Red horses have two copies of the recessive red allele:
If a horse is E/E or E/e, they can produce black pigment in their offspring (think bay or black) but cannot pass on the recessive red factor allele.
Due to this, these horses are called homozygous black (meaning they can only produce black or bay horses).
E/e can produce black pigment and pass their dominant red factor allele (the capital E) to half of their offspring. Those horses can also pass the recessive red factor allele. There are bay or black horses that are able to produce red horses.
Chestnuts and sorrel are both e/e. Their skin may be black, but their coat is red.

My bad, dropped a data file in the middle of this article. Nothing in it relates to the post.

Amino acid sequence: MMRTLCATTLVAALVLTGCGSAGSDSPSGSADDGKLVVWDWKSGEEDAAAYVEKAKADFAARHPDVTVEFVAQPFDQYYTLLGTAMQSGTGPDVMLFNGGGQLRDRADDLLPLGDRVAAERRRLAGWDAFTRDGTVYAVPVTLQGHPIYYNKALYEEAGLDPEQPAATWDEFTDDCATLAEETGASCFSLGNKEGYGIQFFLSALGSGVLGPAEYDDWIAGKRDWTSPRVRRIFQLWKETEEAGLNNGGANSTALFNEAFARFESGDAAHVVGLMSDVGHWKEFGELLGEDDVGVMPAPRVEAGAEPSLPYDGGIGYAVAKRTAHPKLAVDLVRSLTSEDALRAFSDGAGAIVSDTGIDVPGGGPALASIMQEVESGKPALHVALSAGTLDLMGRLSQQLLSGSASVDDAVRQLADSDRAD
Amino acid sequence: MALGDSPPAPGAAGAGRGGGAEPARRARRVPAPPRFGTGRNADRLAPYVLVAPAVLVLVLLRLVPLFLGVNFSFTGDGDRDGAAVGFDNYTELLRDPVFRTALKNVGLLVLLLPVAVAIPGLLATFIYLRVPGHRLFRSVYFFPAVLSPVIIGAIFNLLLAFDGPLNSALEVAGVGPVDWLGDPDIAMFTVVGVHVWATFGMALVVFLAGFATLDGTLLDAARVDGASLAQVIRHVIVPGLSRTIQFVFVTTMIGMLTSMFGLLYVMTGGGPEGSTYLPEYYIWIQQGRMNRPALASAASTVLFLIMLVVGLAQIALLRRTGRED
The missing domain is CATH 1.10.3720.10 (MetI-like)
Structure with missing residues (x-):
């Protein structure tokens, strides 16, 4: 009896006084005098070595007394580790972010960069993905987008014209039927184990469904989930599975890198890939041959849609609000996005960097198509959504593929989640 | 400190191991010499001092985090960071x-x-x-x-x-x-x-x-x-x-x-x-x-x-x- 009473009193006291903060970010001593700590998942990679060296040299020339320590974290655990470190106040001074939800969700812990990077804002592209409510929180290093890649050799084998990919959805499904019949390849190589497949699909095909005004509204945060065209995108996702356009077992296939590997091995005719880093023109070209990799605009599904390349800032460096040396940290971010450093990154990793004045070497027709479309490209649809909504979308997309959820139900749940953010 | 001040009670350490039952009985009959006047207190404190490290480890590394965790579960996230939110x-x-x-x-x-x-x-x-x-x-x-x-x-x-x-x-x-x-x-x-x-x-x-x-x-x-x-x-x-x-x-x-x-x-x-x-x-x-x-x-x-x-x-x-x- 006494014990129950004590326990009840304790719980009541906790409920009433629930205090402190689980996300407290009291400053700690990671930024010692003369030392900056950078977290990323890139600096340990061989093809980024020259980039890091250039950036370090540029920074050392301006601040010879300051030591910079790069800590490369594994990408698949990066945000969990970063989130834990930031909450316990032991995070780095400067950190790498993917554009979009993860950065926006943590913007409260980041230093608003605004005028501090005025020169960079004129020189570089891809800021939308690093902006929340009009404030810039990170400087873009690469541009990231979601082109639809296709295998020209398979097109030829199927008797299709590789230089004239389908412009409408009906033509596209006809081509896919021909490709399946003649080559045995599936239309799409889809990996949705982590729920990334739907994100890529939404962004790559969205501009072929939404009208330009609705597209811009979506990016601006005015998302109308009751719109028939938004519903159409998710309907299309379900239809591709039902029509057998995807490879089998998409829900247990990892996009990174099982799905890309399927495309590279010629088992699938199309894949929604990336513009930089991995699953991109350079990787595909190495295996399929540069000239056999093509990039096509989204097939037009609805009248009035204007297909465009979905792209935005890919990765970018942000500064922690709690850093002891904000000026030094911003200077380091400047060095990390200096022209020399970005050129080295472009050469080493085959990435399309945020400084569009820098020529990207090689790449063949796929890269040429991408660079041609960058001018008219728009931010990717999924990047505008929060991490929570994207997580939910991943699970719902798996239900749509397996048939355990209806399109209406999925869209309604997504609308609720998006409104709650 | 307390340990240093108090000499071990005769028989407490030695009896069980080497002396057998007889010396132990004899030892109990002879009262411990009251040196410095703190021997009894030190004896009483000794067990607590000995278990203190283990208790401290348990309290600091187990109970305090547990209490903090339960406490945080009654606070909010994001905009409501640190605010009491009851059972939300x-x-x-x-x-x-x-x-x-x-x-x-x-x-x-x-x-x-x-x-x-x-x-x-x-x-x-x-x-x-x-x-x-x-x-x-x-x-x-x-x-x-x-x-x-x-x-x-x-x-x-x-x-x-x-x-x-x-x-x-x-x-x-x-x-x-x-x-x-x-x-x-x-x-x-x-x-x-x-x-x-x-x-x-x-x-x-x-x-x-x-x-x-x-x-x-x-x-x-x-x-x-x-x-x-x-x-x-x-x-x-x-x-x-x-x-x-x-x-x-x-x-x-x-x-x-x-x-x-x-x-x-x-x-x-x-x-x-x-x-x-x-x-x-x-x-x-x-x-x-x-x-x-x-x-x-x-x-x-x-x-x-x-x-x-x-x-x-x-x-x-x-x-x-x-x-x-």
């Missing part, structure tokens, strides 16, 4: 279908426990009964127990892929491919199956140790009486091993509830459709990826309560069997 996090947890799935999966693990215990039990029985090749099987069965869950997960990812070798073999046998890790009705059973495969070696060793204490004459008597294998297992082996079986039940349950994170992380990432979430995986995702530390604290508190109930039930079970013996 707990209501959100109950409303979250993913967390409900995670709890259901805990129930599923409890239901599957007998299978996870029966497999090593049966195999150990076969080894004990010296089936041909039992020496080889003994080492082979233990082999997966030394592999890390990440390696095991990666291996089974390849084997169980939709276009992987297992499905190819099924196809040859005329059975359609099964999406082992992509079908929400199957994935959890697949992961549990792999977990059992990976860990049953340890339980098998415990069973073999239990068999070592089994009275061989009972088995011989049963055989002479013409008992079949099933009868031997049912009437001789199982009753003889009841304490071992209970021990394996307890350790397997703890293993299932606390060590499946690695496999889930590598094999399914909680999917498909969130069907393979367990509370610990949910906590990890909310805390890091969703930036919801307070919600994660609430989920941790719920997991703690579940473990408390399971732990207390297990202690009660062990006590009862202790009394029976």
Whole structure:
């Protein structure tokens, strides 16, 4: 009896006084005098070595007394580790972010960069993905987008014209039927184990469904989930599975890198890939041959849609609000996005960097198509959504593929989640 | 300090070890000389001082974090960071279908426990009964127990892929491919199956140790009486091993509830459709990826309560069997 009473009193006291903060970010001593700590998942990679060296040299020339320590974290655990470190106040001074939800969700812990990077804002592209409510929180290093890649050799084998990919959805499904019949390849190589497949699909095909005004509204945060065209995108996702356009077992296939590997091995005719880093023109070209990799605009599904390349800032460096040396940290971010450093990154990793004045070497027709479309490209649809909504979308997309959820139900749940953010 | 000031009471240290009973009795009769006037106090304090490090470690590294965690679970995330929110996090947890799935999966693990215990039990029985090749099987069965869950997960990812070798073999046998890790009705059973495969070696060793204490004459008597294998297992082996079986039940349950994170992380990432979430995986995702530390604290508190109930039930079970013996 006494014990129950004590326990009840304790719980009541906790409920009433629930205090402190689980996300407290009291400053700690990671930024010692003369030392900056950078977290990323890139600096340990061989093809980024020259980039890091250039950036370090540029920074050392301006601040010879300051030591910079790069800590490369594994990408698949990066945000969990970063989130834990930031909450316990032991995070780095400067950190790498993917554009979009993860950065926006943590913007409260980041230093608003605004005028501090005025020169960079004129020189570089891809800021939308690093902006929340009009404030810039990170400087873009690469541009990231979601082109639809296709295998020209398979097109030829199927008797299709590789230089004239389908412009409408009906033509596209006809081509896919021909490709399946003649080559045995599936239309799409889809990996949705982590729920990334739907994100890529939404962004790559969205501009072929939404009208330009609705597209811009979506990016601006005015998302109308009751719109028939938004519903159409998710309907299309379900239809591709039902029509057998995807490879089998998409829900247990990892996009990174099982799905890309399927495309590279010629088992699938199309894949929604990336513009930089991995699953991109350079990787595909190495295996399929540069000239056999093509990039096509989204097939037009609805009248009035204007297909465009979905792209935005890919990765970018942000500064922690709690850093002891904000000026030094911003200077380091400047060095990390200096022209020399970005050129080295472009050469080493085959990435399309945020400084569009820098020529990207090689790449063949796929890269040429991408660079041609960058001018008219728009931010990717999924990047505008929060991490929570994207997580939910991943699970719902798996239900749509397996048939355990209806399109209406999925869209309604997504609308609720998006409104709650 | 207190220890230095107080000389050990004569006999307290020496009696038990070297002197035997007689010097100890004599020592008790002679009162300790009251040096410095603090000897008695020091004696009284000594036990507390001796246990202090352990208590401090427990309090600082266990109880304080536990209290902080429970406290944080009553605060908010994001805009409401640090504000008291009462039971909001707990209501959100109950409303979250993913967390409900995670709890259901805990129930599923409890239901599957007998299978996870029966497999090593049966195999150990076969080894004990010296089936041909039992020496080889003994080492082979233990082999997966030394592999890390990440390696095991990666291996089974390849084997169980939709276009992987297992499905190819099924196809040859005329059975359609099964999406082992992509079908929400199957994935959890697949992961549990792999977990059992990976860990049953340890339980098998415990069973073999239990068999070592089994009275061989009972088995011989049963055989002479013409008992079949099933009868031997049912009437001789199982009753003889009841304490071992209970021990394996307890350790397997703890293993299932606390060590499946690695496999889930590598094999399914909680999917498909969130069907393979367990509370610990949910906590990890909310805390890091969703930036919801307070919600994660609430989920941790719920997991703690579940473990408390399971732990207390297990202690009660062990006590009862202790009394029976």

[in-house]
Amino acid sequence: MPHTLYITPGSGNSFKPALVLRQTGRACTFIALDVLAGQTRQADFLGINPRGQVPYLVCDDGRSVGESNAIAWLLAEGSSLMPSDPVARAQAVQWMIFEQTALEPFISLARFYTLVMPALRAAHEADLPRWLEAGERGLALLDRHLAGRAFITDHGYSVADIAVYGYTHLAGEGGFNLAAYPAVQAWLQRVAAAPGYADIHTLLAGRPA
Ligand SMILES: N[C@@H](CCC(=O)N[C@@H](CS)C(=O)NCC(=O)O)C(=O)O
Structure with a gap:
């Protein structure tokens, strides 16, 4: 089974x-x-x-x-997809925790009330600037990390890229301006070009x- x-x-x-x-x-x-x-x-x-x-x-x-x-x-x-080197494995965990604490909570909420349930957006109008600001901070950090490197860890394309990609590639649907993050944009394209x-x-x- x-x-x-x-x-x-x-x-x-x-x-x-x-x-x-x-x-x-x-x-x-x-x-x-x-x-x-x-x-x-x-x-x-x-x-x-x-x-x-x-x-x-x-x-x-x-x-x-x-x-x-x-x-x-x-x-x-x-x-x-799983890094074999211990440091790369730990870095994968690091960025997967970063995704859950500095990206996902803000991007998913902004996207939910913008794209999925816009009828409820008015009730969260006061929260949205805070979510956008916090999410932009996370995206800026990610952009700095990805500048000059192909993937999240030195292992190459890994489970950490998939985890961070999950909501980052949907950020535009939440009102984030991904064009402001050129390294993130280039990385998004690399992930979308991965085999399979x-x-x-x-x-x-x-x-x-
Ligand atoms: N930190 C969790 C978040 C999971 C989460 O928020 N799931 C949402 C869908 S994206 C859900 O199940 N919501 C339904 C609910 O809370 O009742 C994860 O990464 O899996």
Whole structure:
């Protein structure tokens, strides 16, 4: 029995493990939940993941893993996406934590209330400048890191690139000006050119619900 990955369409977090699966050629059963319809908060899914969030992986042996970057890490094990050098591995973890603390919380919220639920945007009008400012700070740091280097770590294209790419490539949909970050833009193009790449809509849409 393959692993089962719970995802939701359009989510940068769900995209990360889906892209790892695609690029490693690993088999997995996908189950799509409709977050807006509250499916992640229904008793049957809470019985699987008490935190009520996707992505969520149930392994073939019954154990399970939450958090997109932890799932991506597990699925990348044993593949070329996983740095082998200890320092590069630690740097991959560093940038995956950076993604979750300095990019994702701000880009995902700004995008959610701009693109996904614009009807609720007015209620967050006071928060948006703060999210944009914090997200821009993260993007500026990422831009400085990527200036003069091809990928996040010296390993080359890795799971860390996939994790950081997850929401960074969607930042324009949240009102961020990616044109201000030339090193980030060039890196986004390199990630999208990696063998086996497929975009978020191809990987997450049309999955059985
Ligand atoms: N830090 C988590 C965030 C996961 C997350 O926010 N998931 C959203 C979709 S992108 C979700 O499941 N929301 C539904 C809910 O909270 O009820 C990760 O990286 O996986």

Even though the genes for sorrel and chestnut are the same, some breed registries recognize the two colors as being different.
Terms Used in Horse Breed Registries to Classify Red Colors
Assume you have a horse that needs to be registered, but you can’t decide what color red it is.
The American Quarter Horse Association uses both terms, sorrel and chestnut. Generally, they say sorrel is a type of copper-red chestnut, while chestnut is a darker reddish-brown color.
For draft horse breeds, the name “chestnut” is taken a step further by registries, which offer different shades of the color.
The Tennessee Walking Horse Breeders and Exhibitors Association accepts three types of red horses for registration. Sorrel, chestnut, and chestnut-sorrel are the three red coat colors that can be registered.
Many organizations just avoid the issue and use one of the two terms to describe all reddish or brown colors that are not bay.